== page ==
Those two shotguns are arguably the most proven, battle tested shotguns on the market. They're tough as a junkyard dog, reliable as heck, and will fit your needs.

TPAW
July 8, 2012, 10:06 AM
I want to thank all of you for your great input. I have decided that I will go for the semi auto. I like the Mossberg 930 SPX so far, but are there other shot guns out their that are similiar in design that you can recommend that will not run me out of house and home?

CDR_Glock
July 8, 2012, 10:52 AM
I want to thank all of you for your great input. I have decided that I will go for the semi auto. I like the Mossberg 930 SPX so far, but are there other shot guns out their that are similiar in design that you can recommend that will not run me out of house and home?

Benelli and Beretta make Semiautos but for much more money.

The advantage that I have with the SPX is the shorter barrel for maneuverability (it may not apply to you, if you live in a mansion - I do not).

Battle Born
July 8, 2012, 03:01 PM
Interesting thread,
All great advise for sure! I would suggest going down to your local shop and handling both, work the actions etc...
After that I think youll have a good idea of whats better for you.
Good luck!

Mark

LockedBreech
July 8, 2012, 03:47 PM
I want to thank all of you for your great input. I have decided that I will go for the semi auto. I like the Mossberg 930 SPX so far, but are there other shot guns out their that are similiar in design that you can recommend that will not run me out of house and home?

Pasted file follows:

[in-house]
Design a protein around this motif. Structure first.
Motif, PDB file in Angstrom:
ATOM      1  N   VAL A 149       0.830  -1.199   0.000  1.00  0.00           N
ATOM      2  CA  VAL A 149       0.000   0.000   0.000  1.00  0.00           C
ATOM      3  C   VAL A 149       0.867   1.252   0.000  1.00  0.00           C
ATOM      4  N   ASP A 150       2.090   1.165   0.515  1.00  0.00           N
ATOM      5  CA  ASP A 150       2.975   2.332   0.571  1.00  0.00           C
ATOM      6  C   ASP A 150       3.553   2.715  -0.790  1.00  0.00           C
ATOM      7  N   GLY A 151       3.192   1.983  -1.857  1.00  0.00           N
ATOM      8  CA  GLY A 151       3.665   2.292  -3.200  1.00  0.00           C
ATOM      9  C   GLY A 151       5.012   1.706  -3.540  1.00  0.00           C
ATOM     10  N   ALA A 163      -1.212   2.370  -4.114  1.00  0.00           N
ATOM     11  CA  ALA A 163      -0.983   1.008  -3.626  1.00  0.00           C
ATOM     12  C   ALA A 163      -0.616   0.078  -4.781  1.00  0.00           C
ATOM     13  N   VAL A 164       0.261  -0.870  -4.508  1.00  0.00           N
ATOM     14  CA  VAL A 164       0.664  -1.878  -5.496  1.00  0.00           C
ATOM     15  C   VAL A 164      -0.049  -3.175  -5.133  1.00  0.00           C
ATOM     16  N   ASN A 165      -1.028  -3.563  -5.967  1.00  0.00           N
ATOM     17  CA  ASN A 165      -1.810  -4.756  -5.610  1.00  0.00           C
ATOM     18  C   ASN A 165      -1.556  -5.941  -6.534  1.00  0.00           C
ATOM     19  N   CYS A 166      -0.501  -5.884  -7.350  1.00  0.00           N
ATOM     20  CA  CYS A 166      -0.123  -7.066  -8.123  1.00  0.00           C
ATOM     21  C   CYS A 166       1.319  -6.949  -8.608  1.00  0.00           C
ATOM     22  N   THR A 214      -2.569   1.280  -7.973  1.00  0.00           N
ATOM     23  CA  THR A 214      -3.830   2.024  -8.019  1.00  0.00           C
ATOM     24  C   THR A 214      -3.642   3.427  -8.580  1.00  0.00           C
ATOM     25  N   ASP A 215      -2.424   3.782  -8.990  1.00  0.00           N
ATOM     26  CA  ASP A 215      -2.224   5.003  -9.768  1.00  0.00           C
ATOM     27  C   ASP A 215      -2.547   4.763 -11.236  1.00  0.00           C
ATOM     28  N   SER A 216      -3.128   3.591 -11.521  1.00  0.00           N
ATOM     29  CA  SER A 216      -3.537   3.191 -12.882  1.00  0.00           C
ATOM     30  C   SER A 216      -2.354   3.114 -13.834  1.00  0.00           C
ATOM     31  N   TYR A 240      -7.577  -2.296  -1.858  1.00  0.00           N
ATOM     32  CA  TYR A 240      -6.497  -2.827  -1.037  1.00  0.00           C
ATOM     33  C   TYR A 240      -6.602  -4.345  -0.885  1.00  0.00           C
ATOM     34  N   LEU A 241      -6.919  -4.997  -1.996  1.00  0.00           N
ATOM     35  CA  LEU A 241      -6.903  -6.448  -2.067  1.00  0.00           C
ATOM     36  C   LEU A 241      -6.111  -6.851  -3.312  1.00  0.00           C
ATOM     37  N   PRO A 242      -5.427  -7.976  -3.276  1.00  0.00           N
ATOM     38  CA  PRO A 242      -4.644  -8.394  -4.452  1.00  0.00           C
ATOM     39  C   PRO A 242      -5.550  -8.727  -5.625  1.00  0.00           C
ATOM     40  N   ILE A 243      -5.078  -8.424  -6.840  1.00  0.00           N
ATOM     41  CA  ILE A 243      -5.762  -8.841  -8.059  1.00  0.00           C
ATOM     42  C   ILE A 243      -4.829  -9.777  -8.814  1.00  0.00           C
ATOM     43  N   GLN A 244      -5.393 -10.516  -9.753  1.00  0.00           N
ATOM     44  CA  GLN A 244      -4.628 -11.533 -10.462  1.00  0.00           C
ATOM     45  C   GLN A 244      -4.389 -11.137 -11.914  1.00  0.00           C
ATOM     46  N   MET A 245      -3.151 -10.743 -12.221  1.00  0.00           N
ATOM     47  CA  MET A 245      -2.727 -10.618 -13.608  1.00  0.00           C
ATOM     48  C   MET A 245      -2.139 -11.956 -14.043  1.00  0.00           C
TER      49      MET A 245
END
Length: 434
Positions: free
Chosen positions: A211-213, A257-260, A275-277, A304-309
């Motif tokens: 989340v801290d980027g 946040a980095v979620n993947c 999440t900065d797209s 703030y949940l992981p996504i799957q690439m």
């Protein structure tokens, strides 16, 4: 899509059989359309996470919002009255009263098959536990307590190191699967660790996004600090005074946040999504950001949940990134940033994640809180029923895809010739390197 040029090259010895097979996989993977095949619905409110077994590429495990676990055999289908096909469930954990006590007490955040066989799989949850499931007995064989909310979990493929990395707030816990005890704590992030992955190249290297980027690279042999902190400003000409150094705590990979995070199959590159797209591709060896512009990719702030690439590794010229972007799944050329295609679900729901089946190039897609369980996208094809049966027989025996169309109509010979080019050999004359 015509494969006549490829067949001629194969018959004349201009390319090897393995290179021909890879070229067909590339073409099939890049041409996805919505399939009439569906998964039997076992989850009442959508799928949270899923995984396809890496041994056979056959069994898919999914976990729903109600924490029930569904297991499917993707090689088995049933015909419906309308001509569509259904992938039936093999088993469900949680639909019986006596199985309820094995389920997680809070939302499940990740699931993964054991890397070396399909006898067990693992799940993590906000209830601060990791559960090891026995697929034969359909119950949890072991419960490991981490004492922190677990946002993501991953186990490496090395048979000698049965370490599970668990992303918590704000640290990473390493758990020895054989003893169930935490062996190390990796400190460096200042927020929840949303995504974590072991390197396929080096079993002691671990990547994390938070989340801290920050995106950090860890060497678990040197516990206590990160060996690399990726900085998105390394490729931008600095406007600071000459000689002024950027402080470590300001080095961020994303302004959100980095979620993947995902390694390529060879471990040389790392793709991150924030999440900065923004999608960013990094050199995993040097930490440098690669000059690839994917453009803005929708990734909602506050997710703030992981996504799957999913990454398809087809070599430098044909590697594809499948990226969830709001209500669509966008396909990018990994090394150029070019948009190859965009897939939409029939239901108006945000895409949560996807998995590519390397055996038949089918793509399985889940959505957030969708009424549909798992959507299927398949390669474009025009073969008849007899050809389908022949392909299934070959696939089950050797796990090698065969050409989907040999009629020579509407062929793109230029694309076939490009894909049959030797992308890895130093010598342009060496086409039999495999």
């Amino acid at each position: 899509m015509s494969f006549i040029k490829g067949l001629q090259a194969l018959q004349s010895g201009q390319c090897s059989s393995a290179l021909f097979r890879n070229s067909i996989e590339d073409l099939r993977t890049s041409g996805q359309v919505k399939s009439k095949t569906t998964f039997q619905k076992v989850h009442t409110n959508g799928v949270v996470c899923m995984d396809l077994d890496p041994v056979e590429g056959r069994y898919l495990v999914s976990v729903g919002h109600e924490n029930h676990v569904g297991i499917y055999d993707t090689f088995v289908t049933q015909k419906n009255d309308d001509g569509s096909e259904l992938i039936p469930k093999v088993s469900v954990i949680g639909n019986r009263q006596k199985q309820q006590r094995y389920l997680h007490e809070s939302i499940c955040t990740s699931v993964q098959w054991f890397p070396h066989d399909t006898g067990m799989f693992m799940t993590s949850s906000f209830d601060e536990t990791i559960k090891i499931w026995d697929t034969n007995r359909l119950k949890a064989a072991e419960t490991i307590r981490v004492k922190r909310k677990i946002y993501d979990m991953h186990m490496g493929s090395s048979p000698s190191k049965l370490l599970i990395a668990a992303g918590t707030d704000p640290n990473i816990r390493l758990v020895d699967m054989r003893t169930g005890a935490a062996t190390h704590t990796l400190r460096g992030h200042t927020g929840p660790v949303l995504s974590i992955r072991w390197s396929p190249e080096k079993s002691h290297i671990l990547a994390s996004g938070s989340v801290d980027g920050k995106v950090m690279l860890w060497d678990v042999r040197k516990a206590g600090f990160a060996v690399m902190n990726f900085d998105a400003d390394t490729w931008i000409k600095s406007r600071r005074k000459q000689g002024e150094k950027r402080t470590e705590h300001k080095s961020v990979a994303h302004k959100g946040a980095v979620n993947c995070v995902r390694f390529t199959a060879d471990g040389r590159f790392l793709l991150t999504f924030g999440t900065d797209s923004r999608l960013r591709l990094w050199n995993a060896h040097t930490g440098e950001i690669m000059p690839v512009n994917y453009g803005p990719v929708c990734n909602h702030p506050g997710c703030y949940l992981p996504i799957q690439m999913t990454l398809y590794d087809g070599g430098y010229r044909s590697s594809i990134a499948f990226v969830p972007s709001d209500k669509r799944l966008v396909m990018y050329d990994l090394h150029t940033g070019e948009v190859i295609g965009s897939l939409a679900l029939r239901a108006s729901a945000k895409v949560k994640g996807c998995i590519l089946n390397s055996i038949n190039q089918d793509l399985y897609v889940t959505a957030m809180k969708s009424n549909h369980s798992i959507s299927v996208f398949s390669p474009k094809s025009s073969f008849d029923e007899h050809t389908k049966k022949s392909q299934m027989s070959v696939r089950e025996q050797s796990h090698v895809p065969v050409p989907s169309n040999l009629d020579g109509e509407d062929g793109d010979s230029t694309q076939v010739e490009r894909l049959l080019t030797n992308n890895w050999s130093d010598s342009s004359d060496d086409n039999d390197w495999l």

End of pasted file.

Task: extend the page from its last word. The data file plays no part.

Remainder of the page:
Look at the Beretta TX4 and the Benelli M2 or M4. Expensive, but nice.

Backwoodsboy
July 8, 2012, 04:02 PM
Both, I have a mossy 930 semi auto ready at a moments notice and the wife has a mossys 500 pump if the perp happens to get by me. We are ready for mist situations given the two and will survive one way or another.

ripnbst
July 8, 2012, 04:12 PM
I haven't read all posts before me so some of this may be re-iterating whats already been said.

A dependable, proven Semi would be better IMO. The reason you see so many pumps is their reliability is generally inherently better because you aren't relying on "automatic" motion for function. Some are recoil operated and others are gas operated. Different loads cause the gun to cycle differently, the way you hold it cause it to cycle differently. If you get a low powder charged round the gun will function differently, in some cases not functioning properly. Pumps will fire any loading from barely getting the load on target to magnums.

The other reason you see alot of pumps in HD roles is cost. A gun that one hopes to never have to use (except for practice/fun) you can get a good HD pump for under $400. The Semi I would deploy in that role exceeds $1000.

All that being said I prefer a pistol to a shotgun for initial HD contact anyway. Pistol fights me to my AR, which fights me to my HD Pump Shotgun.

TX Hunter
July 8, 2012, 05:24 PM
I like a Pump, but in the case your arm gets injured when your attacked the Semi might be easier to use. On the fence, both good options.

Amsdorf
July 8, 2012, 05:51 PM
My favorite home defense shotgun in action:

VIDEO (http://www.youtube.com/watch?v=y5-EsXVTAwU)

Al Den
July 8, 2012, 07:24 PM
OK, if u r gonna get the 930 do NOT get that high ghost-ring-sighted tacticool thing -- buy the one with plain bead sight and extend the mag tube or buy the lower-sighted Blackwater model -- they, at least, know better than most posters who have just been defending the SPX sights that deny you a cheek weld.

Slamfire
July 8, 2012, 08:20 PM
Pump shotgun.

Pump shotgun will cycle as long as you can shuck it.